The internal diameter of ordinary underground conduits is roughly 80 mm, but when insertion sockets are used, the internal diameter is limited to 67 mm. Therefore, taking into consideration factors such as the angular offset needed to attach the insertion sockets, we performed cable insertion tests in which the effective internal diameter (the space that can be reliably assured for the insertion and removal of cables) was set to 64 mm. These tests confirmed that the cables listed in Table 2 could be inserted and removed without damaging the insertion socket connections, cables, or repaired pipes.

In line with this, for this repair work we chose to use quality assurance specifications specifying the use of a conduit inspection mandrel 64 mm in diameter and 450 mm long after split pipe repairs.

3.3.2. Finished shape and quality confirmation

We performed trial verification work at actual installations, and we checked the operational constraints of this work and the quality of the resulting repairs (Fig. 7). It was possible to perform repairs without difficulty even on conduits with cables already installed. As a quality check on the finished shape, we also inspected the repaired parts after six months. We visually checked for signs such as discoloration of the pipe materials and the opening of gaps at interconnecting parts, and we used offset measurements to measure the amount of movement in the repaired parts. These checks did not reveal any obvious defects and confirmed that there were no quality issues.

Fig. 7. Example of a repair at the side of a bridge abutment.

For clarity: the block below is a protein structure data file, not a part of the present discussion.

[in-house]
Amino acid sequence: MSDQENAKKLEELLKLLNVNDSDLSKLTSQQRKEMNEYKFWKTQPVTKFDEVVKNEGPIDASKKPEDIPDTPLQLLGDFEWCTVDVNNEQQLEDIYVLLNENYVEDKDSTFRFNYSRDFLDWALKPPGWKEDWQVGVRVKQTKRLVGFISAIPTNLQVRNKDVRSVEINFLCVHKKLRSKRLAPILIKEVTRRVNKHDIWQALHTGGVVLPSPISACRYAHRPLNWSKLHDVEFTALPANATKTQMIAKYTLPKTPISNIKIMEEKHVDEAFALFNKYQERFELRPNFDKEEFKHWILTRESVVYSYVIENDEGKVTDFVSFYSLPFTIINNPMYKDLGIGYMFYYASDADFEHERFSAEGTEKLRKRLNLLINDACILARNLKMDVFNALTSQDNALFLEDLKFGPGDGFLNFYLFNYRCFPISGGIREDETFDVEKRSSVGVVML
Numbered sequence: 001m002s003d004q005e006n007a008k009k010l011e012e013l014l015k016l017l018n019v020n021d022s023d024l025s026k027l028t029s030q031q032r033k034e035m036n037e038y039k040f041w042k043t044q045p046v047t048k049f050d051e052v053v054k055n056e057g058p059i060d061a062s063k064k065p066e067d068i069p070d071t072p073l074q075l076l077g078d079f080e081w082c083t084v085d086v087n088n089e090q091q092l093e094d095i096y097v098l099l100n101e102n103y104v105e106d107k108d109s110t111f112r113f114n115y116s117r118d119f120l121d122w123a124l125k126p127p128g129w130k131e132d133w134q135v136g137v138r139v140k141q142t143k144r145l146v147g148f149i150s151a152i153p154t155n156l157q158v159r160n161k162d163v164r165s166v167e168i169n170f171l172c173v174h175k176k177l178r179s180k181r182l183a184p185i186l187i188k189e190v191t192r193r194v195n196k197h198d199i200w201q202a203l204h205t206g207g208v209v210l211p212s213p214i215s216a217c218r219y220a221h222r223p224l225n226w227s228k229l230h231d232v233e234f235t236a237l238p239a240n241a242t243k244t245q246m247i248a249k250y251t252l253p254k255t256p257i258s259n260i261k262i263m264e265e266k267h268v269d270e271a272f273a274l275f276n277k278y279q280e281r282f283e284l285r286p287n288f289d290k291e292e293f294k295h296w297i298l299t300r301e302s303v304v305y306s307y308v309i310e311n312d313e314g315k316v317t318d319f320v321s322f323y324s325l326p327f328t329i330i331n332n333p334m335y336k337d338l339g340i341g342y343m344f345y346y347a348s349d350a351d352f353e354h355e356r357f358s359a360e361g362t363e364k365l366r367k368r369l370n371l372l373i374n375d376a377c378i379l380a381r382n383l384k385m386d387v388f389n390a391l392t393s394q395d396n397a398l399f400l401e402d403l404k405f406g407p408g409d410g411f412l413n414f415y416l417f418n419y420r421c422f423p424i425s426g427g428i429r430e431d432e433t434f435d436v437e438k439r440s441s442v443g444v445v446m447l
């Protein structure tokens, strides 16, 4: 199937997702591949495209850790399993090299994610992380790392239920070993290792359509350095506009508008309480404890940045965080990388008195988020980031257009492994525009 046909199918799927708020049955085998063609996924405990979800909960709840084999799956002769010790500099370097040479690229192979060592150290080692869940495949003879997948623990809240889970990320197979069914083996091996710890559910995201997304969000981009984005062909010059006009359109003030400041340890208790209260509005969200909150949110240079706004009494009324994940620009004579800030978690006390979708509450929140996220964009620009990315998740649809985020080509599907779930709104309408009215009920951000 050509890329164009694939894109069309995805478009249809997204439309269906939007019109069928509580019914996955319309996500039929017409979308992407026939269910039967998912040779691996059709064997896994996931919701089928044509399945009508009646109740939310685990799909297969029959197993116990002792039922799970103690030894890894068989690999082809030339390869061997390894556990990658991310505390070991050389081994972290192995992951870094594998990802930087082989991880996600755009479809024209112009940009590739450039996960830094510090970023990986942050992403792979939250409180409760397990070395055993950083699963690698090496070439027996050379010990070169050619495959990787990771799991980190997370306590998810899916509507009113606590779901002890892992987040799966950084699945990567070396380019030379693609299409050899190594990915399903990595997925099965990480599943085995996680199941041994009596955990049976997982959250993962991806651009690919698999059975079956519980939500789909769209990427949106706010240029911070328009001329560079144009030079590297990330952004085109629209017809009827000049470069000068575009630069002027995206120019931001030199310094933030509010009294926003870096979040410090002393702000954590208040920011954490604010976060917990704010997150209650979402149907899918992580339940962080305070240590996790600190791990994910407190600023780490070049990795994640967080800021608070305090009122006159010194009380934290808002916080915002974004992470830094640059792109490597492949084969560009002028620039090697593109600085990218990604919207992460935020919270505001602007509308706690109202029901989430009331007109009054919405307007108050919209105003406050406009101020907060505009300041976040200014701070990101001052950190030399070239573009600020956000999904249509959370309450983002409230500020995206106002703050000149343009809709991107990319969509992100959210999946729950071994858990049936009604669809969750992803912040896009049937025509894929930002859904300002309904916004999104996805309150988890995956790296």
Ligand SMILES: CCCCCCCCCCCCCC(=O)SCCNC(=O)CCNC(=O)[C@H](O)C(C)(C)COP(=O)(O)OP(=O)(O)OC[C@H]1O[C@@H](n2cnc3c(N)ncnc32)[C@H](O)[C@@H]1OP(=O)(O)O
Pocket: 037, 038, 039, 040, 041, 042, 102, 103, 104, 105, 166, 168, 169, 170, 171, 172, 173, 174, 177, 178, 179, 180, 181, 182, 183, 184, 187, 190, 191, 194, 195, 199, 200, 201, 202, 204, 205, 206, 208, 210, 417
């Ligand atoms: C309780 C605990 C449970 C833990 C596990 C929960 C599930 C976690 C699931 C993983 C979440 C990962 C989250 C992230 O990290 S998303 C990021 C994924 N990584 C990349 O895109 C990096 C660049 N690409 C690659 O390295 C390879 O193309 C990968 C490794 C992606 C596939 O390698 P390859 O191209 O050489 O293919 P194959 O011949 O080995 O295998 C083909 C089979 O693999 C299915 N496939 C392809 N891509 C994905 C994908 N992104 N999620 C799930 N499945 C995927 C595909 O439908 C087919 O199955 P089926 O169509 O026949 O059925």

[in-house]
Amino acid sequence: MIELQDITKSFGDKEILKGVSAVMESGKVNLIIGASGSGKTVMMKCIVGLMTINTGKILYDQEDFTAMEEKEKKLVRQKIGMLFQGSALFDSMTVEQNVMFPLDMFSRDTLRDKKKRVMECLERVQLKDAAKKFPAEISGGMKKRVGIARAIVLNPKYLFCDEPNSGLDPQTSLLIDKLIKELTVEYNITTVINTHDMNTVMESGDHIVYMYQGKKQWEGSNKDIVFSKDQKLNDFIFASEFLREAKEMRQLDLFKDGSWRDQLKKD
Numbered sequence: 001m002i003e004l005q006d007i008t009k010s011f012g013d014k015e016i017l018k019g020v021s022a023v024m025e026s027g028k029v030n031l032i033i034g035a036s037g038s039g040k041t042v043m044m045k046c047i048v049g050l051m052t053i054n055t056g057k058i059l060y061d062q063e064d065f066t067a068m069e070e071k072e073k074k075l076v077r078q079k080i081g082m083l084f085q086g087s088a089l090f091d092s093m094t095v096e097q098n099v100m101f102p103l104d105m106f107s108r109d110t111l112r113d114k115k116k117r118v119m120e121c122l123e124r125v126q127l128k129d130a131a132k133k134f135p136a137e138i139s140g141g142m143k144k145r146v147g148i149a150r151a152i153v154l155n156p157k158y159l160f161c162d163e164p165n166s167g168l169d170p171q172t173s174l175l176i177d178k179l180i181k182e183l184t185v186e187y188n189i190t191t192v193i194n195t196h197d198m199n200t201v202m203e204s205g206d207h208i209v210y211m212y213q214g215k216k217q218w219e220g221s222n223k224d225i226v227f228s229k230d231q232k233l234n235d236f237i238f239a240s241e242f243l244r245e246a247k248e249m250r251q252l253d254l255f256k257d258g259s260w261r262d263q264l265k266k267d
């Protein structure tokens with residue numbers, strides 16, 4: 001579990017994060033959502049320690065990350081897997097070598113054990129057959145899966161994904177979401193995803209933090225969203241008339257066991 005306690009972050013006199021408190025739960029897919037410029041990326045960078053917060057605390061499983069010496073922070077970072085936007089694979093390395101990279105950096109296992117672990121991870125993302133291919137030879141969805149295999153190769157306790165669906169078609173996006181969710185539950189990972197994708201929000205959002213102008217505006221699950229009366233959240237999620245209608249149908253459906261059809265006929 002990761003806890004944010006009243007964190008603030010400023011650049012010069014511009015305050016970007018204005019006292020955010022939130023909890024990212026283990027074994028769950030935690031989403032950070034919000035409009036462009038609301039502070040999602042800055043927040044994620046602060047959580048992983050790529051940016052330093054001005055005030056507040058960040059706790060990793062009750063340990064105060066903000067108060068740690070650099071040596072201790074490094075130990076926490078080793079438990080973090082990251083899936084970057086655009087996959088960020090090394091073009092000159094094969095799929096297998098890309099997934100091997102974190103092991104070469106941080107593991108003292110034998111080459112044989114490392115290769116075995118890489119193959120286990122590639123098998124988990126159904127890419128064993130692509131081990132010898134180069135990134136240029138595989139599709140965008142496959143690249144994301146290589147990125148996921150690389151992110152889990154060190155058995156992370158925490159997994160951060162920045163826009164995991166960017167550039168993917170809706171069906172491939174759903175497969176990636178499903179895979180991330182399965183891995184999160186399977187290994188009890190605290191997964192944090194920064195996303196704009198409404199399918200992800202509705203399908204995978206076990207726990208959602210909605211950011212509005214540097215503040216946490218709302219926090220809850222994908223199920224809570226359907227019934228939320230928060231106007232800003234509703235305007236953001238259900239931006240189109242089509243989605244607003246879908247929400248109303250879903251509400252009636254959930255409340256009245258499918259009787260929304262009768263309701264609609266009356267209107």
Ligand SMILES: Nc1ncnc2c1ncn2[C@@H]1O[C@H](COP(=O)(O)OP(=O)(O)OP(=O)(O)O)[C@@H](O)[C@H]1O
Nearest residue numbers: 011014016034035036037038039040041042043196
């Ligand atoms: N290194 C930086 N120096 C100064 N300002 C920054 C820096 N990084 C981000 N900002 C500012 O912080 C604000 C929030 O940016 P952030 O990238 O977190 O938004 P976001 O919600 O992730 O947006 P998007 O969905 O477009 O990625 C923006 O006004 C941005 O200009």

4. Future development

This repair technique is scheduled to be introduced by NTT East and West in fiscal year 2008. In the future, we will provide technical support for its introduction, and we will work at developing repair and reinforcement techniques aimed at an even wider range of applications, including confined locations. We are trying hard to contribute to NTT's business by promoting research and development related to techniques for the operation and maintenance of NTT infrastructure facilities.

Yasushi Yamazaki
Senior Research Engineer, Supervisor, Civil Engineering Project, NTT Access Network Service Systems Laboratories.
He received the B.E. degree in civil engineering from Tohoku University, Miyagi, in 1986. He joined NTT in 1986 and worked for the Access Network Service Systems Laboratories from 1987 to 1990 and from 1993 to 1996. He has been in his present position since 2006. He is currently engaged in R&D of maintenance technologies for communication infrastructure facilities. He is a member of the Japan Society of Civil Engineers (JSCE).
Toru Korekuni
Senior Research Engineer, Civil Engineering Project, NTT Access Network Service Systems Laboratories.
He received the B.E. degree in civil engineering from Fukuoka University, Fukuoka, in 1990. He joined NTT in 1990. He moved to the Laboratories in 2007. He is currently engaged in R&D of maintenance technologies for communication infrastructure facilities. He is a member of JSCE.
Toshiro Inamura
Research Engineer, Civil Engineering Project, NTT Access Network Service Systems Laboratories.
He received the B.E. degree in civil engineering from Kagoshima National College of Technology, Kagoshima, in 1993. He joined NTT in 1993. He moved to the Laboratories in 2007. He is currently engaged in R&D of maintenance technologies for communication infrastructure facilities.
Kenichiro Shibata
Research Engineer, NTT Infrastructure Network Corporation.
He received the B.E. and M.E. degrees in civil engineering from Nagoya Institute of Technology, Aichi, in 1990 and 1992, respectively. He joined NTT in 1992. He moved to the Civil Engineering Project of NTT Access Network Service Systems Laboratories in 2004, where he was engaged in research on underground telecommunication facilities. He moved to the Tokai Branch Office of NTT Infrastructure Network Corporation in 2007.